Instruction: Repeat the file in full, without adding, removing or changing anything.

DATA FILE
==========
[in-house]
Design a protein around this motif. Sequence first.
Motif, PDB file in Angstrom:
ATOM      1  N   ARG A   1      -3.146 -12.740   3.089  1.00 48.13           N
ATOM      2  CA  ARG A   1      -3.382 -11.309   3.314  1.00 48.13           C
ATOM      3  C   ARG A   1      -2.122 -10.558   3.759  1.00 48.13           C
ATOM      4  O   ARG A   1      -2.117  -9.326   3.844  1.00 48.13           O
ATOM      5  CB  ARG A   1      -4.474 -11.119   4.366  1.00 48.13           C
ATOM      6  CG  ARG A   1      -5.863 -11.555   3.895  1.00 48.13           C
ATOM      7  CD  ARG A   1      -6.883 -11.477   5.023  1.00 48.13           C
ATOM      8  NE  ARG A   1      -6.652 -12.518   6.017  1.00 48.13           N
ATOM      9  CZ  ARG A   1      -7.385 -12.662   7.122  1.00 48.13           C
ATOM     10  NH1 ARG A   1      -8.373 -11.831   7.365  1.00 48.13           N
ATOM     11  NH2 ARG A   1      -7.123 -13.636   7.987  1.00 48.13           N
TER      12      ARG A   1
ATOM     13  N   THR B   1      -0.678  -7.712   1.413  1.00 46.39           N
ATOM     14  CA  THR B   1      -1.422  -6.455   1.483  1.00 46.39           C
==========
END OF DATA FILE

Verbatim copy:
[in-house]
Design a protein around this motif. Sequence first.
Motif, PDB file in Angstrom:
ATOM      1  N   ARG A   1      -3.146 -12.740   3.089  1.00 48.13           N
ATOM      2  CA  ARG A   1      -3.382 -11.309   3.314  1.00 48.13           C
ATOM      3  C   ARG A   1      -2.122 -10.558   3.759  1.00 48.13           C
ATOM      4  O   ARG A   1      -2.117  -9.326   3.844  1.00 48.13           O
ATOM      5  CB  ARG A   1      -4.474 -11.119   4.366  1.00 48.13           C
ATOM      6  CG  ARG A   1      -5.863 -11.555   3.895  1.00 48.13           C
ATOM      7  CD  ARG A   1      -6.883 -11.477   5.023  1.00 48.13           C
ATOM      8  NE  ARG A   1      -6.652 -12.518   6.017  1.00 48.13           N
ATOM      9  CZ  ARG A   1      -7.385 -12.662   7.122  1.00 48.13           C
ATOM     10  NH1 ARG A   1      -8.373 -11.831   7.365  1.00 48.13           N
ATOM     11  NH2 ARG A   1      -7.123 -13.636   7.987  1.00 48.13           N
TER      12      ARG A   1
ATOM     13  N   THR B   1      -0.678  -7.712   1.413  1.00 46.39           N
ATOM     14  CA  THR B   1      -1.422  -6.455   1.483  1.00 46.39           C